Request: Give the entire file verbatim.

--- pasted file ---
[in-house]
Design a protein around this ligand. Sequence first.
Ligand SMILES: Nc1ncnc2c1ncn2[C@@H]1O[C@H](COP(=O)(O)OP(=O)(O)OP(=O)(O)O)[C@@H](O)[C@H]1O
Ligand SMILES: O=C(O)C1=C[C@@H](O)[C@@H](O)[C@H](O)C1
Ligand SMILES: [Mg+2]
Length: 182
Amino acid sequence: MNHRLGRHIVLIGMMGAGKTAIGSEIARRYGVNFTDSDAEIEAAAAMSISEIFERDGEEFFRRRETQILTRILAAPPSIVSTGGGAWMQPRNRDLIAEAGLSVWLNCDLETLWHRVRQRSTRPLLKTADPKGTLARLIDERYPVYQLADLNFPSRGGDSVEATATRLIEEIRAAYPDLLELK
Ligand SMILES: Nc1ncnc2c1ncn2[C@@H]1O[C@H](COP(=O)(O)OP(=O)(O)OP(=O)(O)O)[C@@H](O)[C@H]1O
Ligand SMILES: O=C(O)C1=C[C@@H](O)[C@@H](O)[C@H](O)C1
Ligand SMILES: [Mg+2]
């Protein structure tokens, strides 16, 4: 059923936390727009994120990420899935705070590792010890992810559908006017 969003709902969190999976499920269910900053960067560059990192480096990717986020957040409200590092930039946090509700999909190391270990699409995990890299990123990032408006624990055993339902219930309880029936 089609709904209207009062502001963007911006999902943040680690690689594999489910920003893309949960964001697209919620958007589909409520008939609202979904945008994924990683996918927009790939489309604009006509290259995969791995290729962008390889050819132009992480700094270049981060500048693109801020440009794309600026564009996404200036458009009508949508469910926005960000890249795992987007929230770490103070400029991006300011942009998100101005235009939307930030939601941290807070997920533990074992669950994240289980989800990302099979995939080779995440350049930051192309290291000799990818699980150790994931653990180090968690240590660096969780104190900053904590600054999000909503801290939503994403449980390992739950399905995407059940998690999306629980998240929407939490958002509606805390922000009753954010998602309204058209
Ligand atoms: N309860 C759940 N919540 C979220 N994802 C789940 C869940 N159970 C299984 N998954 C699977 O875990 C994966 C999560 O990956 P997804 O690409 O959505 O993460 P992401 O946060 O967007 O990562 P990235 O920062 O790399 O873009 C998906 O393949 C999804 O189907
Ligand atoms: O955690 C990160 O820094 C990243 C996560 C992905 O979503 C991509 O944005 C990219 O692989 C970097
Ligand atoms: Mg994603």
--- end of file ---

[in-house]
Design a protein around this ligand. Sequence first.
Ligand SMILES: Nc1ncnc2c1ncn2[C@@H]1O[C@H](COP(=O)(O)OP(=O)(O)OP(=O)(O)O)[C@@H](O)[C@H]1O
Ligand SMILES: O=C(O)C1=C[C@@H](O)[C@@H](O)[C@H](O)C1
Ligand SMILES: [Mg+2]
Length: 182
Amino acid sequence: MNHRLGRHIVLIGMMGAGKTAIGSEIARRYGVNFTDSDAEIEAAAAMSISEIFERDGEEFFRRRETQILTRILAAPPSIVSTGGGAWMQPRNRDLIAEAGLSVWLNCDLETLWHRVRQRSTRPLLKTADPKGTLARLIDERYPVYQLADLNFPSRGGDSVEATATRLIEEIRAAYPDLLELK
Ligand SMILES: Nc1ncnc2c1ncn2[C@@H]1O[C@H](COP(=O)(O)OP(=O)(O)OP(=O)(O)O)[C@@H](O)[C@H]1O
Ligand SMILES: O=C(O)C1=C[C@@H](O)[C@@H](O)[C@H](O)C1
Ligand SMILES: [Mg+2]
């Protein structure tokens, strides 16, 4: 059923936390727009994120990420899935705070590792010890992810559908006017 969003709902969190999976499920269910900053960067560059990192480096990717986020957040409200590092930039946090509700999909190391270990699409995990890299990123990032408006624990055993339902219930309880029936 089609709904209207009062502001963007911006999902943040680690690689594999489910920003893309949960964001697209919620958007589909409520008939609202979904945008994924990683996918927009790939489309604009006509290259995969791995290729962008390889050819132009992480700094270049981060500048693109801020440009794309600026564009996404200036458009009508949508469910926005960000890249795992987007929230770490103070400029991006300011942009998100101005235009939307930030939601941290807070997920533990074992669950994240289980989800990302099979995939080779995440350049930051192309290291000799990818699980150790994931653990180090968690240590660096969780104190900053904590600054999000909503801290939503994403449980390992739950399905995407059940998690999306629980998240929407939490958002509606805390922000009753954010998602309204058209
Ligand atoms: N309860 C759940 N919540 C979220 N994802 C789940 C869940 N159970 C299984 N998954 C699977 O875990 C994966 C999560 O990956 P997804 O690409 O959505 O993460 P992401 O946060 O967007 O990562 P990235 O920062 O790399 O873009 C998906 O393949 C999804 O189907
Ligand atoms: O955690 C990160 O820094 C990243 C996560 C992905 O979503 C991509 O944005 C990219 O692989 C970097
Ligand atoms: Mg994603």